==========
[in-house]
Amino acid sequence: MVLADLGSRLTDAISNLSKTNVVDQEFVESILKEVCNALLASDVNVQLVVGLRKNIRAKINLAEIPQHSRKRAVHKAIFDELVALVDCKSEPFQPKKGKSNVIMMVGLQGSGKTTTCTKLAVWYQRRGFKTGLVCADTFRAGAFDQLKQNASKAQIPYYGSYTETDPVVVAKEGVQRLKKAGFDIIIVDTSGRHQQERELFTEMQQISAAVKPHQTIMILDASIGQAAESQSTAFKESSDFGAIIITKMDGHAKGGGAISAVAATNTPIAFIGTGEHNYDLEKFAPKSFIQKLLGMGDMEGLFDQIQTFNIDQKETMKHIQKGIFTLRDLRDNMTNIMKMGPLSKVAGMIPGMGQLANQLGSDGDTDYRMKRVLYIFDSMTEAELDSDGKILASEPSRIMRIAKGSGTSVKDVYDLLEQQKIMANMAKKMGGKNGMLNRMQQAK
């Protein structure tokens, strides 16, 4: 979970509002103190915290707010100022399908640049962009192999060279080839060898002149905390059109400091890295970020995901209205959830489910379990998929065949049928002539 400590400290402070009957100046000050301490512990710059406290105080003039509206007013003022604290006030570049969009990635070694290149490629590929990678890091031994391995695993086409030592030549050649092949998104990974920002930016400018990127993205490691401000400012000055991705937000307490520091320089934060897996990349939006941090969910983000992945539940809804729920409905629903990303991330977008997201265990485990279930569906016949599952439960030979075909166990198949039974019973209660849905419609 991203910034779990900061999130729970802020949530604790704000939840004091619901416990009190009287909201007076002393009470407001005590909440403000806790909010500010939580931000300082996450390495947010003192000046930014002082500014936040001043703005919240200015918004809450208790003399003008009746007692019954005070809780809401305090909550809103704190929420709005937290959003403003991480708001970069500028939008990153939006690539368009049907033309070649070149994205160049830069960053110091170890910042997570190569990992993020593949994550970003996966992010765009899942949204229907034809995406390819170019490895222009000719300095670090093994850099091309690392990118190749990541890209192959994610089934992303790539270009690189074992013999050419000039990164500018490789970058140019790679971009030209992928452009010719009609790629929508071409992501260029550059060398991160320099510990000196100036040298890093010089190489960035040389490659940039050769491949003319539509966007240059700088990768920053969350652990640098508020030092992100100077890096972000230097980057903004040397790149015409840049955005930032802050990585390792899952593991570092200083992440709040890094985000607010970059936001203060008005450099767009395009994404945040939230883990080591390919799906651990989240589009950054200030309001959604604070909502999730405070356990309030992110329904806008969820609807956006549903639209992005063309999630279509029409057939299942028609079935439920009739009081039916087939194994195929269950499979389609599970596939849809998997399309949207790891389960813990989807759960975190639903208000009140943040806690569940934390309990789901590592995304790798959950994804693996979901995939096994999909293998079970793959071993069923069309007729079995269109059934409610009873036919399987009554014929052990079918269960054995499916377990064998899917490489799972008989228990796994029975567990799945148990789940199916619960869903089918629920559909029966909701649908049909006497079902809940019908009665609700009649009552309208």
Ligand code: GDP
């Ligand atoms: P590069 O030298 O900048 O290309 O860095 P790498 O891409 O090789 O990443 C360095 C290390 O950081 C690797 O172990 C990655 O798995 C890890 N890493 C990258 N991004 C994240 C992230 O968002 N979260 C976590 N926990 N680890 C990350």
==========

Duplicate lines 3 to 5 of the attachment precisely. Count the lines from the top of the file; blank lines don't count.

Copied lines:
């Protein structure tokens, strides 16, 4: 979970509002103190915290707010100022399908640049962009192999060279080839060898002149905390059109400091890295970020995901209205959830489910379990998929065949049928002539 400590400290402070009957100046000050301490512990710059406290105080003039509206007013003022604290006030570049969009990635070694290149490629590929990678890091031994391995695993086409030592030549050649092949998104990974920002930016400018990127993205490691401000400012000055991705937000307490520091320089934060897996990349939006941090969910983000992945539940809804729920409905629903990303991330977008997201265990485990279930569906016949599952439960030979075909166990198949039974019973209660849905419609 991203910034779990900061999130729970802020949530604790704000939840004091619901416990009190009287909201007076002393009470407001005590909440403000806790909010500010939580931000300082996450390495947010003192000046930014002082500014936040001043703005919240200015918004809450208790003399003008009746007692019954005070809780809401305090909550809103704190929420709005937290959003403003991480708001970069500028939008990153939006690539368009049907033309070649070149994205160049830069960053110091170890910042997570190569990992993020593949994550970003996966992010765009899942949204229907034809995406390819170019490895222009000719300095670090093994850099091309690392990118190749990541890209192959994610089934992303790539270009690189074992013999050419000039990164500018490789970058140019790679971009030209992928452009010719009609790629929508071409992501260029550059060398991160320099510990000196100036040298890093010089190489960035040389490659940039050769491949003319539509966007240059700088990768920053969350652990640098508020030092992100100077890096972000230097980057903004040397790149015409840049955005930032802050990585390792899952593991570092200083992440709040890094985000607010970059936001203060008005450099767009395009994404945040939230883990080591390919799906651990989240589009950054200030309001959604604070909502999730405070356990309030992110329904806008969820609807956006549903639209992005063309999630279509029409057939299942028609079935439920009739009081039916087939194994195929269950499979389609599970596939849809998997399309949207790891389960813990989807759960975190639903208000009140943040806690569940934390309990789901590592995304790798959950994804693996979901995939096994999909293998079970793959071993069923069309007729079995269109059934409610009873036919399987009554014929052990079918269960054995499916377990064998899917490489799972008989228990796994029975567990799945148990789940199916619960869903089918629920559909029966909701649908049909006497079902809940019908009665609700009649009552309208």
Ligand code: GDP
């Ligand atoms: P590069 O030298 O900048 O290309 O860095 P790498 O891409 O090789 O990443 C360095 C290390 O950081 C690797 O172990 C990655 O798995 C890890 N890493 C990258 N991004 C994240 C992230 O968002 N979260 C976590 N926990 N680890 C990350």